Thursday, July 14, 2016

Khaw Boon Wan (the Henry Thia lookalike) is at his clowning best again

First, as the Minister of Health, then as Minister of National Development (HDB) and now as Minister of Transport, this MTS (Malaysian-Turned-Singaporean) will go on changing another 10 ministries, and still look like Henry Thia in his comic best.
Today, in his mumbled speech, this clown fumbled yet again, when he practised what he used to do in previous ministries, and that is to Taichi (push to someone else) the problems his ministry faces, to a fact-finding source in Hongkong. Not for giving wrong facts, but for announcing the facts, instead of hiding it. It should only be announced when somebody died.

FactWire, a Hong Kong based news agency “founded by 3,300 Hong Kong people” has released a public statement to deny the allegations made against the agency by Singapore’s Transport Minister Khaw Boon Wan.

Mr Khaw had, during a visit to the SMRT’s Bishan Depot on Wednesday (July 13) suggested that the recent expose by FactWire was intentional so as to mis-spun a “routine matter” into a  controversy.

The minister also suggested that the recent defective trains issue had been used as a “convenient bullet” and Singapore was caught in a “crossfire” due to FactWire’s anti-China political agenda.

We are caught in a crossfire and there are factions in Hong Kong who wanted to cause some difficulties for mainland China. I have no inside information on whether that is true or not, but it’s possible.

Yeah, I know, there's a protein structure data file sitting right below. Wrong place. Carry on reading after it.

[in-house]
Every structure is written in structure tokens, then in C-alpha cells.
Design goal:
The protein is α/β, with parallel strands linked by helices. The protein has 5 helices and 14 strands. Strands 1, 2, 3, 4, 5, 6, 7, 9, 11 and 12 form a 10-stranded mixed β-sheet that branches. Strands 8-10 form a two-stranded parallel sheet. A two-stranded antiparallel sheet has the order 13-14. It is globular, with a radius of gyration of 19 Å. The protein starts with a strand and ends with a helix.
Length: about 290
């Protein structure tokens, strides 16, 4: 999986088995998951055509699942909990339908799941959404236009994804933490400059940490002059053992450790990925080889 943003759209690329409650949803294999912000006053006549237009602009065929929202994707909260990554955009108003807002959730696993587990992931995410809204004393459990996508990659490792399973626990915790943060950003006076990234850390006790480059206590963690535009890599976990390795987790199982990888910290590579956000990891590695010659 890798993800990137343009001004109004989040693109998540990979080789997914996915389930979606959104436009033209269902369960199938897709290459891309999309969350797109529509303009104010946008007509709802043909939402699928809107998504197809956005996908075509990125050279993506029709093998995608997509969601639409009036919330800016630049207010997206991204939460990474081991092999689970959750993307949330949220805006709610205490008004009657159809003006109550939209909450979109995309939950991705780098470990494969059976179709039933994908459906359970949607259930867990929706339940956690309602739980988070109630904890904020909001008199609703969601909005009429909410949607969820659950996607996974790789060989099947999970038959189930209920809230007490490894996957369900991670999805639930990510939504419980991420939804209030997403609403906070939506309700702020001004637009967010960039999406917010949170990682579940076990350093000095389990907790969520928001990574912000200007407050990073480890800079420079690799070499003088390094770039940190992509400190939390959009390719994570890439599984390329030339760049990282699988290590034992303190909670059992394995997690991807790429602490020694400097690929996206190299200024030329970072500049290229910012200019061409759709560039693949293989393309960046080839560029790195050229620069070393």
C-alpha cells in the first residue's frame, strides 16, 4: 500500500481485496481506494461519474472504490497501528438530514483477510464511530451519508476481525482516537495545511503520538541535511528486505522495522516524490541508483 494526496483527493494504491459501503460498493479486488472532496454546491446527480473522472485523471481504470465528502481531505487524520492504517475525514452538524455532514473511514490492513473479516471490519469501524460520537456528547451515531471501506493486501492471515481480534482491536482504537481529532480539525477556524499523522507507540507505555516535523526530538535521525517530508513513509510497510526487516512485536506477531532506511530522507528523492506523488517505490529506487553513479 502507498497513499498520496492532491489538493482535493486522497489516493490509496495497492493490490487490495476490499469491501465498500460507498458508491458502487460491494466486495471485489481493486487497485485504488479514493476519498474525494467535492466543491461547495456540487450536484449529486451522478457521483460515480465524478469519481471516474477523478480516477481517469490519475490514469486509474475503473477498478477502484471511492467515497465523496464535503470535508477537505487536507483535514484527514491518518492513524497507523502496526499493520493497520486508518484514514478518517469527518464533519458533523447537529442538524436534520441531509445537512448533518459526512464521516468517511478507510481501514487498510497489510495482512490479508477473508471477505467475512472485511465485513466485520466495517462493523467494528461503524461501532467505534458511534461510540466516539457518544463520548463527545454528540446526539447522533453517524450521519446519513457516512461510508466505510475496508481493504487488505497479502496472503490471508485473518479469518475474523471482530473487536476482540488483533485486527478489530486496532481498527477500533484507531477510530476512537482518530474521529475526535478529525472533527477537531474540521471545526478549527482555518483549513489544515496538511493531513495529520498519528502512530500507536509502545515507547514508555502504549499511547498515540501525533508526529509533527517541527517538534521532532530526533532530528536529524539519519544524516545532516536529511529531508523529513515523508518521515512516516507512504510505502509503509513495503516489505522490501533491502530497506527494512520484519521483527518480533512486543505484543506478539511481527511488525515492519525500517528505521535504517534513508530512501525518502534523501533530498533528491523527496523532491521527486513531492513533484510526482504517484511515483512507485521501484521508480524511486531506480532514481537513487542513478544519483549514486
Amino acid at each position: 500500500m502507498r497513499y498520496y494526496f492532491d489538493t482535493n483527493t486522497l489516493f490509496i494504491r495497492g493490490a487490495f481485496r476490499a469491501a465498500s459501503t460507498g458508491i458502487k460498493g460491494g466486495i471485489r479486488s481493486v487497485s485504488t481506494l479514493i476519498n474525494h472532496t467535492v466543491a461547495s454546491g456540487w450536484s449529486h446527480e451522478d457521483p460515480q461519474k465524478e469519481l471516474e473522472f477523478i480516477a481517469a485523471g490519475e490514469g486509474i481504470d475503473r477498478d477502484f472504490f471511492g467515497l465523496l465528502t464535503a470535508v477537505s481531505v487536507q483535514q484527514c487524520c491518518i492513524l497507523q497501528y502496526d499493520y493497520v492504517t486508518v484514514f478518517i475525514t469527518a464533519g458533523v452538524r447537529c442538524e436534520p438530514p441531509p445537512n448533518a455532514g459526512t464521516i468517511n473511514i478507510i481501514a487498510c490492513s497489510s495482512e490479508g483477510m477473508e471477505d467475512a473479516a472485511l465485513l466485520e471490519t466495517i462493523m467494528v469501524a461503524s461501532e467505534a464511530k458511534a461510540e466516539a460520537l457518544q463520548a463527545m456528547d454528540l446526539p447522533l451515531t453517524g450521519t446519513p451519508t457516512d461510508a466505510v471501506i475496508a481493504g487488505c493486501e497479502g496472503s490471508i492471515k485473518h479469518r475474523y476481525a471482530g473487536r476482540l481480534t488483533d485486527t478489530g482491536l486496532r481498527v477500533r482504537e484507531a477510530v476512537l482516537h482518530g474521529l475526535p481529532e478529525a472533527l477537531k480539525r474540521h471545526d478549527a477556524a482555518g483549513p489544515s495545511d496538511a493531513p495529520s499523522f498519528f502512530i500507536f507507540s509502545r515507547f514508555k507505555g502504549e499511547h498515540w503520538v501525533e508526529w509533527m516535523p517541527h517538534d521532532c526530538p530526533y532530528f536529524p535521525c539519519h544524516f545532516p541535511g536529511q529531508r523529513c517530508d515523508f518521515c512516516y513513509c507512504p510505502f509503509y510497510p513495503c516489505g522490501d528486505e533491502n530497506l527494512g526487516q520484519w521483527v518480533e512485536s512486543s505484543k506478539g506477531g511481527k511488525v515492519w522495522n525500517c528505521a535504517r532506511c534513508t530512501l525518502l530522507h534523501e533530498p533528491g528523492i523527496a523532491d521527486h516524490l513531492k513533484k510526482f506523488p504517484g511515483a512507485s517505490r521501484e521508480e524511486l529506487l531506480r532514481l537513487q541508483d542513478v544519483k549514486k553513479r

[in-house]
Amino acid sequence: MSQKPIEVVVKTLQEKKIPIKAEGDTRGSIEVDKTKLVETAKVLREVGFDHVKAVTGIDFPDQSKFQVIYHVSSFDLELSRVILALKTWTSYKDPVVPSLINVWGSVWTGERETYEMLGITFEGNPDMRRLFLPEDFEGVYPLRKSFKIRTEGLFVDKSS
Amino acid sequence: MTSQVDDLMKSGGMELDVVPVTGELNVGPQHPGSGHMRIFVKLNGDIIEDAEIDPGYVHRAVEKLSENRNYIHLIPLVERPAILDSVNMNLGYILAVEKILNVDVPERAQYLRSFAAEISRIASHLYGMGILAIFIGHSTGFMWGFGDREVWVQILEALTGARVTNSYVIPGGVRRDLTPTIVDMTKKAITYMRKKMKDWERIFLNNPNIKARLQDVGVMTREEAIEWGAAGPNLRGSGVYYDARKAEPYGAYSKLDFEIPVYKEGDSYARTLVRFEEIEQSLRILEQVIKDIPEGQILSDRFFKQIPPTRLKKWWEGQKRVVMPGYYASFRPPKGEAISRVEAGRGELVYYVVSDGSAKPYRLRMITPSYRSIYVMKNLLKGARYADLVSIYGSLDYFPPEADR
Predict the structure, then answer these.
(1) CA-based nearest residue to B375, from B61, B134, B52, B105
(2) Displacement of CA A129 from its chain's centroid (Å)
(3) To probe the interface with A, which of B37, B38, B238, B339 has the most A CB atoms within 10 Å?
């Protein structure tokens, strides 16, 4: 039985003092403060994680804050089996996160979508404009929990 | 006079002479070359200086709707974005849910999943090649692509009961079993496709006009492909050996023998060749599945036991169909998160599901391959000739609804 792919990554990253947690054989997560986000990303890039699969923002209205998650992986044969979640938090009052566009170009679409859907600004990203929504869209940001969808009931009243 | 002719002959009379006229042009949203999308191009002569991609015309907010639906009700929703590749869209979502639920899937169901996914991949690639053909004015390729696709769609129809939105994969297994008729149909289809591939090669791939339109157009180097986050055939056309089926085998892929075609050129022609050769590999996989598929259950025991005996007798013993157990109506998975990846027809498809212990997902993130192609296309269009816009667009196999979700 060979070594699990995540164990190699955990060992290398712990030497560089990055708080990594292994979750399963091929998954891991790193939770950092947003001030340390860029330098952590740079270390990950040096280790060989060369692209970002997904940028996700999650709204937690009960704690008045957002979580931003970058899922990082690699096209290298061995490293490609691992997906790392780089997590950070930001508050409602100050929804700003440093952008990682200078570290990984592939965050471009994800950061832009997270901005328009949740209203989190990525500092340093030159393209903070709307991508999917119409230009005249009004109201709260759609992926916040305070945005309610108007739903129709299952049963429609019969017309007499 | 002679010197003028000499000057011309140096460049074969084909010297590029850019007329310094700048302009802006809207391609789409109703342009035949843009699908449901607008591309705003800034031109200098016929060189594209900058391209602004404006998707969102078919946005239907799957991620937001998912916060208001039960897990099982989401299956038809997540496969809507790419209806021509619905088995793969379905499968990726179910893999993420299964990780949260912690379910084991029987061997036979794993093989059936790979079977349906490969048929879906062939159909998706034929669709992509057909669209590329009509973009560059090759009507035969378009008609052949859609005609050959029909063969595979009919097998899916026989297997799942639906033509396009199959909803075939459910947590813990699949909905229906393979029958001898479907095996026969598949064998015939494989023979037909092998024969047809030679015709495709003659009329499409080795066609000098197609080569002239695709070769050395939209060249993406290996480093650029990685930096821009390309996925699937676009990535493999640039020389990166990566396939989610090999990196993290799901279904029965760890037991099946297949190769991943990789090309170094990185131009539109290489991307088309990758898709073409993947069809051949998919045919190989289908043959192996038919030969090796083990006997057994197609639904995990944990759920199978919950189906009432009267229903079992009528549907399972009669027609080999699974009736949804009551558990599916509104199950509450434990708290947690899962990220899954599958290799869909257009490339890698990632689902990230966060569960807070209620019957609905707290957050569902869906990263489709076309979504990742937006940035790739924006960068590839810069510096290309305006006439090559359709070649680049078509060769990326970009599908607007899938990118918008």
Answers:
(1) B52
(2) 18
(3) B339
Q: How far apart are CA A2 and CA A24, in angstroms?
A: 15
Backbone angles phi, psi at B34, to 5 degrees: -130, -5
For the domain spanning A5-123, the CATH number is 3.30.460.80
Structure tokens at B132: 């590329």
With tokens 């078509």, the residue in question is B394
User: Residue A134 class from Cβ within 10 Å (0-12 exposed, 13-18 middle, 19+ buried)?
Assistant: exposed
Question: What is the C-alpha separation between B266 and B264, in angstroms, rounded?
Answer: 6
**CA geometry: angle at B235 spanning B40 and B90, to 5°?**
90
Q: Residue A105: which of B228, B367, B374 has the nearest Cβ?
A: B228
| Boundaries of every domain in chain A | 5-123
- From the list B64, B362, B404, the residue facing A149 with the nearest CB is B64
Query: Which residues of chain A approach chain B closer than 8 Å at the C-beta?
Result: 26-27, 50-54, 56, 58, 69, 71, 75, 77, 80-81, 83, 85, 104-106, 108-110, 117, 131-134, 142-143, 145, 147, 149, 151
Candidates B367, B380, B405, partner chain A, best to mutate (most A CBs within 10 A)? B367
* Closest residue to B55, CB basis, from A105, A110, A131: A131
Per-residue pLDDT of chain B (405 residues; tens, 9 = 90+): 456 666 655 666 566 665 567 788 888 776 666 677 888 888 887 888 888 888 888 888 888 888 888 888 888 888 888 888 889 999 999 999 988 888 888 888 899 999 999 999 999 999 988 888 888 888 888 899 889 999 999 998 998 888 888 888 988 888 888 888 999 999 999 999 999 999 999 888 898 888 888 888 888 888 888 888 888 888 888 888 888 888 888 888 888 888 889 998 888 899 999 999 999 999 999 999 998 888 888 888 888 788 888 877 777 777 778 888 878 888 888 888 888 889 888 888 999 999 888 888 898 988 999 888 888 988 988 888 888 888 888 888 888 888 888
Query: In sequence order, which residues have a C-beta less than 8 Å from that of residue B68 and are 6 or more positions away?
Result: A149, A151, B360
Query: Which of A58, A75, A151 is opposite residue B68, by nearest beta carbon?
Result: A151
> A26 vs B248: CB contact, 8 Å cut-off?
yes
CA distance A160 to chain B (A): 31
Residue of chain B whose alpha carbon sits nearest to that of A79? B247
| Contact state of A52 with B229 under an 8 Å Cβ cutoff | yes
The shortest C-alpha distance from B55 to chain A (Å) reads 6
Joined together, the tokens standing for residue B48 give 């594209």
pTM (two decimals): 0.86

Unfortunately, we become a convenient bullet and collateral damage, the clown said.

FactWire regrets false statement by Singapore’s Transport Minister
FactWire said in its statement that the agency “regrets the false statement” by the minister and clarified that it serves the public, independent of any commercial or political interests.

The agency also noted that instead of of taking responsibility for an incident which has damaged the Singaporean public’s trust in the authorities, Mr Khaw choose to blame FactWire for exposing the cover up of the recalls of defective trains.

FactWire said that in publishing an article, its editorial principle is to ensure that the news must involve significant public interest and that it has acquired “impregnable evidence”. The agency’s professional judgment will not be overriden by any commercial or political considerations.

Probably taking a swipe at Mr Khaw, FactWire added:
As a news agency committed to serving the public, when public officials are riled by our reporting, it is merely proof that we are doing the right thing.

Responding to media queries at the Bishan Deport today (July 12), Transport Minister Khaw Boon Wan admitted that he knew about the faulty China-made trains and covered it up to “avoid undue panic”. Calling the defects “non-major”, Transport Minister decided that it is better not to let the public know about the defective trains:

“Trains were being returned to China for repairs due to hairline cracks could have caused undue panic. Going public for something that was not a major event might have caused unnecessary panic to the layman, noting that to engineers, not all cracks are the same. If all cracks are have to be reported when they do not cause any of those safety issues then they have to think about what is the impact on the ground. Looking back I think it’s understandable. We learn as we go along, sometimes even routine matters can be spun out of control as it happened in this case.

…So if the rectification requires us to take away too many trains … I’m quite sure Ministry Of Transport together with LTA would have also decided even though it’s not a safety issue, because it will affect availability of trains, I’m sure they will go public and explain why, we will now have to slow down on our program of increasing the capacity.”

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